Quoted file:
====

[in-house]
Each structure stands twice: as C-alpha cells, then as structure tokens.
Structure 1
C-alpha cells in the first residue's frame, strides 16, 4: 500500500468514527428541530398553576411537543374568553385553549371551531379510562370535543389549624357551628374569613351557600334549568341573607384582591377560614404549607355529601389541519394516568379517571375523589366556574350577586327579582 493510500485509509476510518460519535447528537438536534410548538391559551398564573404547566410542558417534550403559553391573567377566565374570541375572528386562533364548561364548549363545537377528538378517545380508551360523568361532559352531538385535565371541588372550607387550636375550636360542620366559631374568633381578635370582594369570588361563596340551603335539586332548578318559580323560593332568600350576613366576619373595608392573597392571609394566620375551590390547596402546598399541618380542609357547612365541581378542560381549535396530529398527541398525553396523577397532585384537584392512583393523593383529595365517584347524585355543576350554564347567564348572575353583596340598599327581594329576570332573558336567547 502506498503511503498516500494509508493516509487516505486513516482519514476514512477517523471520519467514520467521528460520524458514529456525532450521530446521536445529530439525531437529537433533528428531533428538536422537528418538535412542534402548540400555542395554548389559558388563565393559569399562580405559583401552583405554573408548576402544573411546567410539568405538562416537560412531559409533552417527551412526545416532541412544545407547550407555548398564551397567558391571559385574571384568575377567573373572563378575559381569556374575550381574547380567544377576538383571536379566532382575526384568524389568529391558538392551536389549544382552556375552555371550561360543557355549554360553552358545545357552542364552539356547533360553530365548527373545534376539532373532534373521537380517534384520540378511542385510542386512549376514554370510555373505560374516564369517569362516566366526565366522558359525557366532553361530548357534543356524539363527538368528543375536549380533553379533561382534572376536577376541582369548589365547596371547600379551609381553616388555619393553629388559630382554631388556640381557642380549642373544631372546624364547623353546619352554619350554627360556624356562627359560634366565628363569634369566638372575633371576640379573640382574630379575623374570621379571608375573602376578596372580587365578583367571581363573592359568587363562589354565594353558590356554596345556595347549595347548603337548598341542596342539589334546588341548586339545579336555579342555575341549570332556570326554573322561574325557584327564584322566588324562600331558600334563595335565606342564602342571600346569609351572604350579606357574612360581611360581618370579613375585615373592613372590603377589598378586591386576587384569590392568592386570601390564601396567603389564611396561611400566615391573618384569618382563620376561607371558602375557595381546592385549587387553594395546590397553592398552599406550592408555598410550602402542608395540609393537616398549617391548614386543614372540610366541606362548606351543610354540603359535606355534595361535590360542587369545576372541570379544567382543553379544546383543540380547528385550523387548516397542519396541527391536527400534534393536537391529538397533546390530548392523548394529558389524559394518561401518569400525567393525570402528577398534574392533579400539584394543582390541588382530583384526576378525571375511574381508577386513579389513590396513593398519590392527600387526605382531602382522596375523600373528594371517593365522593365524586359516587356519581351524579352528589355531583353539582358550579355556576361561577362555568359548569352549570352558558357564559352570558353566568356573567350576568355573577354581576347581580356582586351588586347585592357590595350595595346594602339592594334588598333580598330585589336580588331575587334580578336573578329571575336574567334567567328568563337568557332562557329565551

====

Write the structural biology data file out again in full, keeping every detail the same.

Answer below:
[in-house]
Each structure stands twice: as C-alpha cells, then as structure tokens.
Structure 1
C-alpha cells in the first residue's frame, strides 16, 4: 500500500468514527428541530398553576411537543374568553385553549371551531379510562370535543389549624357551628374569613351557600334549568341573607384582591377560614404549607355529601389541519394516568379517571375523589366556574350577586327579582 493510500485509509476510518460519535447528537438536534410548538391559551398564573404547566410542558417534550403559553391573567377566565374570541375572528386562533364548561364548549363545537377528538378517545380508551360523568361532559352531538385535565371541588372550607387550636375550636360542620366559631374568633381578635370582594369570588361563596340551603335539586332548578318559580323560593332568600350576613366576619373595608392573597392571609394566620375551590390547596402546598399541618380542609357547612365541581378542560381549535396530529398527541398525553396523577397532585384537584392512583393523593383529595365517584347524585355543576350554564347567564348572575353583596340598599327581594329576570332573558336567547 502506498503511503498516500494509508493516509487516505486513516482519514476514512477517523471520519467514520467521528460520524458514529456525532450521530446521536445529530439525531437529537433533528428531533428538536422537528418538535412542534402548540400555542395554548389559558388563565393559569399562580405559583401552583405554573408548576402544573411546567410539568405538562416537560412531559409533552417527551412526545416532541412544545407547550407555548398564551397567558391571559385574571384568575377567573373572563378575559381569556374575550381574547380567544377576538383571536379566532382575526384568524389568529391558538392551536389549544382552556375552555371550561360543557355549554360553552358545545357552542364552539356547533360553530365548527373545534376539532373532534373521537380517534384520540378511542385510542386512549376514554370510555373505560374516564369517569362516566366526565366522558359525557366532553361530548357534543356524539363527538368528543375536549380533553379533561382534572376536577376541582369548589365547596371547600379551609381553616388555619393553629388559630382554631388556640381557642380549642373544631372546624364547623353546619352554619350554627360556624356562627359560634366565628363569634369566638372575633371576640379573640382574630379575623374570621379571608375573602376578596372580587365578583367571581363573592359568587363562589354565594353558590356554596345556595347549595347548603337548598341542596342539589334546588341548586339545579336555579342555575341549570332556570326554573322561574325557584327564584322566588324562600331558600334563595335565606342564602342571600346569609351572604350579606357574612360581611360581618370579613375585615373592613372590603377589598378586591386576587384569590392568592386570601390564601396567603389564611396561611400566615391573618384569618382563620376561607371558602375557595381546592385549587387553594395546590397553592398552599406550592408555598410550602402542608395540609393537616398549617391548614386543614372540610366541606362548606351543610354540603359535606355534595361535590360542587369545576372541570379544567382543553379544546383543540380547528385550523387548516397542519396541527391536527400534534393536537391529538397533546390530548392523548394529558389524559394518561401518569400525567393525570402528577398534574392533579400539584394543582390541588382530583384526576378525571375511574381508577386513579389513590396513593398519590392527600387526605382531602382522596375523600373528594371517593365522593365524586359516587356519581351524579352528589355531583353539582358550579355556576361561577362555568359548569352549570352558558357564559352570558353566568356573567350576568355573577354581576347581580356582586351588586347585592357590595350595595346594602339592594334588598333580598330585589336580588331575587334580578336573578329571575336574567334567567328568563337568557332562557329565551